|Photo: Louis Lanzano|
Thomas Early and Shona Seifert were found guilty of masterminding a scheme to defraud the ONDCP with overbillings for Ogilvy & Mather advertising services.
CASE AGAINST SEIFERT AND EARLY GOES TO THE JURY
Deliberations Begin on Conspiracy and Fraud Charges
CAREERISM & GREED MADE SEIFERT & EARLY DO IT, SAYS PROSECUTOR
Shona Had 'No Time for Lies and Greed' Counters Defense Summation
THOMAS EARLY SPARS WITH PROSECUTORS DURING TESTIMONY
Shona Seifert E-mail Promises to 'Wring the Money Out of' ONDCP
SHONA SEIFERT TAKES STAND, DENIES IT ALL
Jury Hears the Most Important Pitch of Her Career: 'I'm Innocent'
DEFENSE OPENS CASE IN SEIFERT/EARLY TRIAL
Witness Criticizes Whistle-Blower Who Triggered Investigation
SEIFERT HANDWRITING MATCHED TO TIMESHEET SHIFT ORDERS
'Put Huggies and Wings Time on ONDCP' Read One Notation
OGILVY TIMESHEET LAWSUIT BY WHISTLE-BLOWER REVEALED
Accountant Cites 'Excessive' Amounts of Missing Timesheets, Scribbles and Wite-Outs
MORE TESTIMONY LINKS SEIFERT & EARLY TO BOGUS BILLING SCHEME
Criminal Inquiry Spreads to OgilvyOne Interactive Shop
OGILVY COLLEAGUE TESTIFIES SEIFERT, EARLY APPROVED SCHEME
Depicts Party, Meetings, Staffing Irregularities and Routine Records Alteration
TIMESHEET FALSIFICATION DESCRIBED IN SEIFERT TRIAL
Former Ogilvy Account Exec Details Shifts of Billing Data
DAY ONE OF SEIFERT TRIAL FOCUSES ON PADDED TIMESHEETS
'Hundreds of Ogilvy Employees Were Instructed to Lie'
BACKGROUND: THE WHITE HOUSE DRUG OFFICE ADVERTISING CASE
The Stories From 2001 to the Present
Read the 14-page indictment .pdf
Mr. Early and Ms. Seifert, who will be sentenced May 16, face up to the five years in prison and a fine. Following the reading of the verdict, the pair remained free in accordance with their bail agreements.
Attorneys for both defendants said they would appeal the verdict.
Guilty on 10 counts
The jury in U.S. District Court in lower Manhattan convicted the defendants on all 10 counts against them. The first count was conspiracy to defraud the government; the remaining counts were for filing false claims against the government in the form of billing vouchers submitted to the Office of National Drug Control Policy.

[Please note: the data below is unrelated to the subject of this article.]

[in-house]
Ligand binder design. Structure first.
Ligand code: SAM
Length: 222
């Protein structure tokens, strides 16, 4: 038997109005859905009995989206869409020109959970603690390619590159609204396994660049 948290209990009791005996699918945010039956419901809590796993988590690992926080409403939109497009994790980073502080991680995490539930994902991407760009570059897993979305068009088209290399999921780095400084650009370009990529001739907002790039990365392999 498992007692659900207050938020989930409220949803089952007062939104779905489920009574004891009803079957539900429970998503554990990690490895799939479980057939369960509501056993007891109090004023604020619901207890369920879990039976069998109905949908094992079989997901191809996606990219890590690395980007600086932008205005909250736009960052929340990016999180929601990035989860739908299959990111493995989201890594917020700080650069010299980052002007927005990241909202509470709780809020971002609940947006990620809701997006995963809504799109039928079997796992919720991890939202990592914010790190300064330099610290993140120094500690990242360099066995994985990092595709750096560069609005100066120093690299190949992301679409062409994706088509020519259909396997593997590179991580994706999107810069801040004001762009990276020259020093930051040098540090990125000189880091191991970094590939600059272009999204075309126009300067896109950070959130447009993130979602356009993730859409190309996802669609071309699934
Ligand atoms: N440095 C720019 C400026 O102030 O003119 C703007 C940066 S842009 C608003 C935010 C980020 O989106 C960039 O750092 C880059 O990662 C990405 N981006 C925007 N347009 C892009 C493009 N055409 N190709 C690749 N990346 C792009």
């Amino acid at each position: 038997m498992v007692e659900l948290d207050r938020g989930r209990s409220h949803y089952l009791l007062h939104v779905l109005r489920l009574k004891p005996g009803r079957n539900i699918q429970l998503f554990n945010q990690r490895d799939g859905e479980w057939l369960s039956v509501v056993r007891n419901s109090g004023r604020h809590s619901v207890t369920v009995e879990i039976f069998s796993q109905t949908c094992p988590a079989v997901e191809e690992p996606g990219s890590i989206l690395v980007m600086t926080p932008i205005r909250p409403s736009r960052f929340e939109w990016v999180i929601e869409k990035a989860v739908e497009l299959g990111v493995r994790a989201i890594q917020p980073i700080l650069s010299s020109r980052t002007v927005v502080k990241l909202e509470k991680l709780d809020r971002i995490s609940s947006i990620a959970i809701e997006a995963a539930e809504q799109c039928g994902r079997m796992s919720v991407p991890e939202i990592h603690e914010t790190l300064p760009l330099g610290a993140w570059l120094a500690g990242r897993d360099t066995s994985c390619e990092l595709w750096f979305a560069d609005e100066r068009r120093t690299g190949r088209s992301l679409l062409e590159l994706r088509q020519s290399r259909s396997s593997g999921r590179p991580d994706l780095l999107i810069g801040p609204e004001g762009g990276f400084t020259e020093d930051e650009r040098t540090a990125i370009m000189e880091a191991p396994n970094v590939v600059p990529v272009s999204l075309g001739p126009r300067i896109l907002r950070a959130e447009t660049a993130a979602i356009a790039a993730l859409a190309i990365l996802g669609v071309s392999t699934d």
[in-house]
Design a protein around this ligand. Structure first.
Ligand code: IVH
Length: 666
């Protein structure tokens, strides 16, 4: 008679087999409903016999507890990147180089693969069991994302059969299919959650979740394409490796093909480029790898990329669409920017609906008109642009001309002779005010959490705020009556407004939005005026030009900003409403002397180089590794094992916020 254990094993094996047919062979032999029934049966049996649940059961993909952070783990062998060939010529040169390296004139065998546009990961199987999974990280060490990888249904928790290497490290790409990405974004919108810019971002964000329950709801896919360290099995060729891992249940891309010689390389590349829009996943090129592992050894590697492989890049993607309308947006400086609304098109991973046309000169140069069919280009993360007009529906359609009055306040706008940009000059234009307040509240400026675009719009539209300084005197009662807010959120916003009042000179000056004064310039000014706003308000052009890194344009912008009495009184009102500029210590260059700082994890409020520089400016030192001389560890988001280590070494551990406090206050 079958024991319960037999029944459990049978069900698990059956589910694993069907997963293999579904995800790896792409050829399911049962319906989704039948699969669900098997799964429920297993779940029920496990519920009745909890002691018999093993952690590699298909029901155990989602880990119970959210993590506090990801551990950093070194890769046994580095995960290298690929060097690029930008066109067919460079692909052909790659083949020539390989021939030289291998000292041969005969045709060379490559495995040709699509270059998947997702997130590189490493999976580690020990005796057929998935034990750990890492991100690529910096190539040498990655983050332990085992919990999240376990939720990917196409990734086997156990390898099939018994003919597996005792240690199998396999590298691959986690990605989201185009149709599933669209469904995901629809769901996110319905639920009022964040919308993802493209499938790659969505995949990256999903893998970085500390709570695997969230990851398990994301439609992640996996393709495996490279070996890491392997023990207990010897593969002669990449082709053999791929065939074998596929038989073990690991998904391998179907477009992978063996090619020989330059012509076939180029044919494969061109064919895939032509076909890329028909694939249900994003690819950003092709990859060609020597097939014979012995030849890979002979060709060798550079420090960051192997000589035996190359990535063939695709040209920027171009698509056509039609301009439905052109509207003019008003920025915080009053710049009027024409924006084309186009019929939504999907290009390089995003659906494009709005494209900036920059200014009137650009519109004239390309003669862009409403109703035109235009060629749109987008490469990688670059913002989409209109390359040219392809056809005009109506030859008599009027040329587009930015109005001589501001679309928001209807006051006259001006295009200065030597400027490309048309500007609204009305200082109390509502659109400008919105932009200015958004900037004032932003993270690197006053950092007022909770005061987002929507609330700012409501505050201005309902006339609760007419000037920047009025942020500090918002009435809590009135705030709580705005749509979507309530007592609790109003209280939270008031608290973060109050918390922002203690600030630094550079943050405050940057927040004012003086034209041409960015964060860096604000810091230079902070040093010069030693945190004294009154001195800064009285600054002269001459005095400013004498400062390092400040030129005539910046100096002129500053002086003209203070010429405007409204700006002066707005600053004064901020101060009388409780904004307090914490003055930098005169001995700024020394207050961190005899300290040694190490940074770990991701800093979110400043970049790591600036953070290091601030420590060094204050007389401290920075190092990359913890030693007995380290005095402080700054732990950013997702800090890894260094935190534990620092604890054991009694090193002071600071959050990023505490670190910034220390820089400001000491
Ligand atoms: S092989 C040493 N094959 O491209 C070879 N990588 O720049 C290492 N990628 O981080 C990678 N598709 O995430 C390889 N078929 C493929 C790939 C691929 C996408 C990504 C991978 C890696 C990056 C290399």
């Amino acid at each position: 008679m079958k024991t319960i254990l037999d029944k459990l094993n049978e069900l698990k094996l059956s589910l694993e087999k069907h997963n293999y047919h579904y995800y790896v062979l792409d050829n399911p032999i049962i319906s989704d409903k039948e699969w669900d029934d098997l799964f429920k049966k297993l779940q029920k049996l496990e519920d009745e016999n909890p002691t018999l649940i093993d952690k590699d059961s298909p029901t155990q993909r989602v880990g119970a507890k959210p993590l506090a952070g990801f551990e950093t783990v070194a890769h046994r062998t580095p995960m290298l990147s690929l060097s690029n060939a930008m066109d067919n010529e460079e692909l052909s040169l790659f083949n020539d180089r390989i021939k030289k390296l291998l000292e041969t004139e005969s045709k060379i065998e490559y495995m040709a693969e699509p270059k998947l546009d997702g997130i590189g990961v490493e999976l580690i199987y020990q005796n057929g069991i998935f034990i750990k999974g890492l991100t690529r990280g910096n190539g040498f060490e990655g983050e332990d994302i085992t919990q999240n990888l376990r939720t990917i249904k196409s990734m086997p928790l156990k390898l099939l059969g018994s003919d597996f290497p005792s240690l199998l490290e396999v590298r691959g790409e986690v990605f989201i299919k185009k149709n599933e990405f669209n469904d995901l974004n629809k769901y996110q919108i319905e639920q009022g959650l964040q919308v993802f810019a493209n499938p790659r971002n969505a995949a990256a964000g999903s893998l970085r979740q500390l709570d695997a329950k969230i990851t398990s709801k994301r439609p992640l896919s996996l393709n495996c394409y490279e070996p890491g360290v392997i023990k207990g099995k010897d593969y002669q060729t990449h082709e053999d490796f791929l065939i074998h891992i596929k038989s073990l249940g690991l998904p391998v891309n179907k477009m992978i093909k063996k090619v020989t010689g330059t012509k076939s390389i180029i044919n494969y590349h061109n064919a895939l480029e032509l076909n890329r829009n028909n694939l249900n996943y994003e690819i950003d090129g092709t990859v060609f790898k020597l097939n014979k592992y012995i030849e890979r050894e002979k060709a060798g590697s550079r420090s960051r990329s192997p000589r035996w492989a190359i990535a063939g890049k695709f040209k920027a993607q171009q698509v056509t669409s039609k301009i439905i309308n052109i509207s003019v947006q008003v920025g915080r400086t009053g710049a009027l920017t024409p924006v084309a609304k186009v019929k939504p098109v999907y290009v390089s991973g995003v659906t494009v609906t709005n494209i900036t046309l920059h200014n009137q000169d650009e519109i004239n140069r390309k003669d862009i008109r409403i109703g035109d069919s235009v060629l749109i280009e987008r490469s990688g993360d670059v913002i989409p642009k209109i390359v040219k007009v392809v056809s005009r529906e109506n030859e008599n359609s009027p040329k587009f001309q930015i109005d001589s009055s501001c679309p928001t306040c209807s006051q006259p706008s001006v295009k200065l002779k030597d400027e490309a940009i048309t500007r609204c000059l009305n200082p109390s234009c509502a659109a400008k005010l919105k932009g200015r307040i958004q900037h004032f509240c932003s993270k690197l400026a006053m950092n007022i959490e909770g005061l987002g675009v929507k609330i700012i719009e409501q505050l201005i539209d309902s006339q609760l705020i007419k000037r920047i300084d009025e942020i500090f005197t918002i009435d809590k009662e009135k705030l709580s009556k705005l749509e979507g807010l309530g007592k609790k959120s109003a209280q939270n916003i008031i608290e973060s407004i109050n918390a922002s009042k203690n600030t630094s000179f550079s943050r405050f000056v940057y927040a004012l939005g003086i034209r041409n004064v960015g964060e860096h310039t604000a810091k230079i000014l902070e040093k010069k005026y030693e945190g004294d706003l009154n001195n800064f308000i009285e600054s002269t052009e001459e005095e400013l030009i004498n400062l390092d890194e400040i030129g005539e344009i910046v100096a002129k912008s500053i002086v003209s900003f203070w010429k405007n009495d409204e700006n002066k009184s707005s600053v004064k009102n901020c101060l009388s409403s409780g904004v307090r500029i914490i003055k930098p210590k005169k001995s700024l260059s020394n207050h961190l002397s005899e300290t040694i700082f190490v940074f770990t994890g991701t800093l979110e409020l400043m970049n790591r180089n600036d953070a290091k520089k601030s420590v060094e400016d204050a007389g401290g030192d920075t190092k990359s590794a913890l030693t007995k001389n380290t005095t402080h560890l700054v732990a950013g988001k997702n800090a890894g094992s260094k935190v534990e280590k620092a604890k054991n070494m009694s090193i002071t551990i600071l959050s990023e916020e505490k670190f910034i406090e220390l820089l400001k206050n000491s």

Upon hearing the verdict, Judge Richard Berman asked each of the jurors whether they agreed. As each of the 12 responded with a simple "yes," Ms. Seifert sunk her face into her hands. Her husband, sitting in the gallery as he has since the trial began earlier this month, did the same. Mr. Early stared straight ahead, and many of the defendants' large legal teams were visibly upset and cast their gazes down.
After dismissing the jury, Judge Berman left the bench to thank its members in an adjacent room. An awkward silence filled the courtroom in his absence. Ms. Seifert's lead attorney, Gregory Craig, surrendered his seat to her husband, John Seifert. While awaiting the judge's return, Ms. Seifert whispered in her husband's ear as he stared straight ahead. Meanwhile, Mr. Craig, best-known for defending former President Bill Clinton during his impeachment trial, slumped gloomily in a chair behind the defense table.
Mr. Craig and Ms. Seifert declined to comment on the verdict and whether they would appeal. Mr. Early and his attorneys lingered in the courthouse afterward and couldn't be immediately reached.
It's unclear what will become of Ms. Seifert, who left Ogilvy in 2002 to become president of the New York office of TBWA/Chiat/Day, part of the Omnicom Group. Last year, the agency brought in another executive, Brett Gosper, who has assumed Ms. Seifert's role. Many executive employment contracts are voided by felony convictions, but a TBWA spokesman declined to comment on whether that was true of Ms. Seifert's agreement.
Mr. Early stepped down last year as finance director of Ogilvy's New York office. He is currently unemployed.
The relatively short period of deliberation was striking given the length and complexity of the case. Testimony lasted for more than two weeks and involved dozens of witnesses and scores of documents, as the jury was asked to plumb the obscure depths of how advertising agencies charge clients for the work they perform.
The crux of the prosecution's case relied on former Ogilvy executives, two of whom who pleaded guilty to similar charges, and their testimony that Ms. Seifert and Mr. Early directed a scheme to overbill the ONDCP account when it became clear that it wasn't making enough money. These employees said a projected shortfall of $3 million triggered a plan to inflate hours worked by doctoring timesheets and fabricating hours spent on the account.
The heart of the defense's strategy turned out to be the testimonies of the defendants, who last week took the witness stand to make their case. However, those testimonies failed to dent the prosecution's case, despite its own shortcomings. For instance, the government attorneys often struggled to communicate exactly how much the government was overbilled. They also at times had trouble linking the defendants to the actions of lower-level employees, who largely inhabited the Ogilvy media department. Each defendant worked in other departments.
But, besides bringing out a number of former Ogilvy staffers, the prosecution also presented strong physical evidence pointing to the defendants' involvement, including a handwriting analysis that linked Ms. Seifert to timesheets that had orders to shift hours worked on other accounts to the ONDCP account.